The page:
# Tree Traversal With Elixir

### Cristhian Fuertes ・4 min read

This is a simple implementation of depth-first and breadth-first traverse algorithms in Elixir.

First, let's talk about Elixir: Elixir is a functional, dynamically-typed, general purpose programming language design for concurrency. It's based on the Erlang programming language and runs on its virtual machine (BEAM).

And tree traversal algorithms:

**Trees** are a recursive data structured that should be in every programmer's arsenal. A tree can be either leaf node or a node that contains one or more subtrees. Nodes can carry data, typically a node value and a node key.

Trees differ from list in that list are linear structures and trees have a branching structure. Each element in a list points to the rest of list (a linked-list). Whereas each element in a tree points to one or more subtrees.

Trees are a kind of graph and they come in different kinds depending of the branching structure and node contents; unary, binary, binary search and N-ary trees are some examples.

**Traversing** a tree means to apply some operation on its nodes in a well-defined order.

**Depth-first traverse** algorithm consists of for each node, visit first the node itself, then start visiting from the leftmost subtree until you reach the rightmost subtree. Repeat this for each subtree until all nodes have been visited.

The algorithm uses a stack -- implicitly or explicitly -- to store the nodes that need to be visited.

**Breadth-first traverse** algorithm consists of visiting each node at depth 0, then each node at depth 1, then depth 3, and so forth until all nodes have been visited.

This algorithm uses a queue -- implicitly or explicitly -- instead of a stack to store the nodes before visit them.

## Let's get to the code.

First let's create a *elixir_trees* project:

`mix new elixir_trees`

And define our tree data estructure in `elixir_trees/lib/tree.ex`

like this:

A tree is struct with the fields: value(the data to perform operations with), key (an optional unique id for the node) and children (the subtrees). Also we add the type spec to improve consistency and readability.

Next we define the tree traversal module in `elixir_trees/lib/tree_traversal.ex`

and define the types for the function specs and aliases for the tree datatype:

Now we write our functions, let's start with depth-first:

Lines 54-56 declare and add the *typespec* to the function. **dfs** receives 3 arguments: a stack to store the nodes, a function operation that will be apply when visiting each node and history which is a list with accumulated result of applying the function operation while traversing the tree.

As specify at lines 11-12, the operation function receives 3 arguments, the node value, the node key and the accumulated history, and returns a tuple with the result of the operation and a atom telling the algorithm wether to continue traversing or to stop.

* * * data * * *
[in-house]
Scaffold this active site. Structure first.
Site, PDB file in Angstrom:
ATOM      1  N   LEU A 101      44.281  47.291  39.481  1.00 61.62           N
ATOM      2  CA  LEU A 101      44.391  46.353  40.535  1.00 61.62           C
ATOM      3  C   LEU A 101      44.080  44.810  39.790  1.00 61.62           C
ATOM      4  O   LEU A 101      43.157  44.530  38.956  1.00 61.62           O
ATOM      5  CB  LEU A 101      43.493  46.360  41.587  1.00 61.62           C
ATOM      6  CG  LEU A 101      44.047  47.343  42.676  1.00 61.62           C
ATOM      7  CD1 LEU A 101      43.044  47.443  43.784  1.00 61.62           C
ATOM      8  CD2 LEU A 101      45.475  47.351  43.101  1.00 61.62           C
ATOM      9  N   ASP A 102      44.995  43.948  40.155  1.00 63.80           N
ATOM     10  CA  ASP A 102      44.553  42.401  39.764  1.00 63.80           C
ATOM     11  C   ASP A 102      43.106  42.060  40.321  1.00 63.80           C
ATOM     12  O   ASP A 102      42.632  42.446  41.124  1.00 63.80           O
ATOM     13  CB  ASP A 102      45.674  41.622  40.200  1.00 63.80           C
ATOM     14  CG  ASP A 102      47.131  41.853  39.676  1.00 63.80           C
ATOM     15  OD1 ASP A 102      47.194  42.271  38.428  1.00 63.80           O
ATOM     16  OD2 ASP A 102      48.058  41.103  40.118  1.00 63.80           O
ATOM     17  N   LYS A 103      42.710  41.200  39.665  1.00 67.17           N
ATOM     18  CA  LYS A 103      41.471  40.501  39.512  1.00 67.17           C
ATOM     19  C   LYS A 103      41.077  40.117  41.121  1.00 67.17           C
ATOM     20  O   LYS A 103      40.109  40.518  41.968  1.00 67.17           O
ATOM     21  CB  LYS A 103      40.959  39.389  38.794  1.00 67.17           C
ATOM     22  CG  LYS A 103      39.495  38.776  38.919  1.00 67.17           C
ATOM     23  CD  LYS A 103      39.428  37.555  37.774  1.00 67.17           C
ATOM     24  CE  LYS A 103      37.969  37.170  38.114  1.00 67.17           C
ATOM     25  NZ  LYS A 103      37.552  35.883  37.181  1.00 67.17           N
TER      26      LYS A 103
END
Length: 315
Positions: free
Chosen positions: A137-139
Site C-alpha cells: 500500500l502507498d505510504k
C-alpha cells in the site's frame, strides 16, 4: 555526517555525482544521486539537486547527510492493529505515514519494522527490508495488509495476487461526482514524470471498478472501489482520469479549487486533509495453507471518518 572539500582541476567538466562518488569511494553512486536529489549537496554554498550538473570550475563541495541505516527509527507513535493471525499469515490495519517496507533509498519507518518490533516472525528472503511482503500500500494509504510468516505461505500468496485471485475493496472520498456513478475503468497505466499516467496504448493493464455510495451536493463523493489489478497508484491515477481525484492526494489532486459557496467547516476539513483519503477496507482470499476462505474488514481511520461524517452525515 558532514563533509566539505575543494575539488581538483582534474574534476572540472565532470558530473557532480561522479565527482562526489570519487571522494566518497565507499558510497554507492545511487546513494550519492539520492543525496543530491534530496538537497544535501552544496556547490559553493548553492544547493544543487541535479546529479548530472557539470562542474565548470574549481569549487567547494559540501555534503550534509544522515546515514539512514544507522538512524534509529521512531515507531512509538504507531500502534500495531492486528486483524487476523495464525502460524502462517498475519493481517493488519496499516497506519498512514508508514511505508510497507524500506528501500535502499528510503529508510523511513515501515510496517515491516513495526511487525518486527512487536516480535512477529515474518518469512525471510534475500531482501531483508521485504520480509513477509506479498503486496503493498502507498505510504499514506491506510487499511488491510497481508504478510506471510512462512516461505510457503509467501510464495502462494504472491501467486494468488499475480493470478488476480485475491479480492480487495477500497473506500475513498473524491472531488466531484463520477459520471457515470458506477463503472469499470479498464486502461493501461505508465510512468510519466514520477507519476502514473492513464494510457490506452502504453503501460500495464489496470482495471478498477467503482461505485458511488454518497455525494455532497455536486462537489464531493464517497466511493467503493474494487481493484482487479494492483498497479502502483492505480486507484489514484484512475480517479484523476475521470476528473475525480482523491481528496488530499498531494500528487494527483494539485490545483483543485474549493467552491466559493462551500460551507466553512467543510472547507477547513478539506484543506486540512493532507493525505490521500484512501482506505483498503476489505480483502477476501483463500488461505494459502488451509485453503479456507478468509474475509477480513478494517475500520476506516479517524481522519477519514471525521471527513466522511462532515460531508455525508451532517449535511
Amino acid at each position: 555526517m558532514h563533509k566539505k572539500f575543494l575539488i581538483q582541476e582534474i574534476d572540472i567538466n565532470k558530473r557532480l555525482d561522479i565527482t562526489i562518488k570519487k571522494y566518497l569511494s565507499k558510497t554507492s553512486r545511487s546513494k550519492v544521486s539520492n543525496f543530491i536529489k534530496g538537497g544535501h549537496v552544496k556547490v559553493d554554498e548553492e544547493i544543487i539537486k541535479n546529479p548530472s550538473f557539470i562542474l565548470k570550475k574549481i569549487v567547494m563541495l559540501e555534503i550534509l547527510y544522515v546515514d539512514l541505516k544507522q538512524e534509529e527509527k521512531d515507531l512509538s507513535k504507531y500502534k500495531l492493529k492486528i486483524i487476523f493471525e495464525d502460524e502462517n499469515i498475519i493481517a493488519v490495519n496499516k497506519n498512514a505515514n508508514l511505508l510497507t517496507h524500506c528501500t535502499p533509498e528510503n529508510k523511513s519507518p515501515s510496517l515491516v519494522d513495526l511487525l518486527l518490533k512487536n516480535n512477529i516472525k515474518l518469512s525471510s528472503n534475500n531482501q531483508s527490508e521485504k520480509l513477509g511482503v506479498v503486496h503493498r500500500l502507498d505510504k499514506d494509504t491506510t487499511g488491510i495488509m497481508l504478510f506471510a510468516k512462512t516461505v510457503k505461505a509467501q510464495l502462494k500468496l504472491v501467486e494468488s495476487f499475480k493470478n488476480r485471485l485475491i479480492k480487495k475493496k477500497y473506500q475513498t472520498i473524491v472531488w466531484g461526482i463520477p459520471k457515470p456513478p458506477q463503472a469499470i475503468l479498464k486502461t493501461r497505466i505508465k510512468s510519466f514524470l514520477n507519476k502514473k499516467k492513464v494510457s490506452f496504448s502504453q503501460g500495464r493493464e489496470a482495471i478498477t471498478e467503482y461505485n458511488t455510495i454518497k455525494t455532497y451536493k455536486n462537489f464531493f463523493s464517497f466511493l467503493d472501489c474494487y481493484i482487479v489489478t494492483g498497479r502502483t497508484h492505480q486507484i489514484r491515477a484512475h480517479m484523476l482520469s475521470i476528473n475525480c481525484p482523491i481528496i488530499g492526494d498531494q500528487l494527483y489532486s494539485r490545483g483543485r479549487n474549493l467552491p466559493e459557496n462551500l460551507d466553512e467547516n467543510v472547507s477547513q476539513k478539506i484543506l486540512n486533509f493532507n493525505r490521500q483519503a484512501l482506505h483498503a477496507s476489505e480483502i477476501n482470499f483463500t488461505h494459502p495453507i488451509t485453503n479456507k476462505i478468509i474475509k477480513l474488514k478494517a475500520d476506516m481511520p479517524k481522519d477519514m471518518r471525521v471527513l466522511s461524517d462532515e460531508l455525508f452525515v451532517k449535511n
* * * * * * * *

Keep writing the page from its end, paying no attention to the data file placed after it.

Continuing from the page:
Let's take a look at some simple valid operation functions to pass to the algorithm:

```
fn (x, _, _) when x < 0 -> {:stop, x}
(x, _, _) -> {:continue, x}
end
```

```
fn (x, _, []) -> {:continue, x}
(x, _, h) -> {:continue, x + hd(h)}
end
```

The first one checks wether negative values exists in the tree and stop as soon as it finds one, it continues otherwise. And the second one sums all the values of the nodes in the tree.

Now, line 58 deals with base case when the stack is empty and returns the traverse history as a result, the stack is implemented a regular list. The result of visiting each node is arrange from last to first i.e the result of visiting the root of the tree is the last element in the history.

Line 60 deals with the case where the stack is non-empty and uses patter-matching to get the tree node properties and we pass that to the `next/7`

function along with `dfs/3`

function to apply and indirect recursive call and continue process.

`next/7`

is defined as:

The function applies and checks the result of applying the function operation to the node, deciding whether to stop or continue traversing. If the operation result tells it to stop it simply add the result value to the existing history and terminates, if not, it uses the `tree_insert/2`

function to scheduled the next nodes to be visit (we'll explaning this one later) and pipes down the result to the caller function, in this case `dfs/3`

.

And that's all for the dfs function now, let's implement the breadth-first search one:

This is pretty much the same as `dfs/3`

. The only differences are the the base case at line 71 that doesn't check for an empty stack anymore, it checks for an empty queue, same for lines 74-77, instead of popping a stack we pop a queue. The queue we are using is the amortized queue implementation in Erlang. After that we do the same as before, we pass along node fields, queue and function to `next/7`

.

Now that we've seen the implementation of dfs and bfs algorithms let's explain the missing helper functions `tree_insert/2`

and `apply_operation/4`

:

`tree_insert/2`

deals with pushing/popping nodes to the queue/stack.

`apply_operation/4`

checks the arity of the operation function and raises an exception if it's not 3, otherwise it applies the function to the arguments and returns the result.

Finally all that's missing is main function to wrap it all up:

Traverse receives the tree, the operation function and an atom with the name of the algorithm we wish to use.

And The initial stack and queue are initialized by this pair:

You can find the full source code here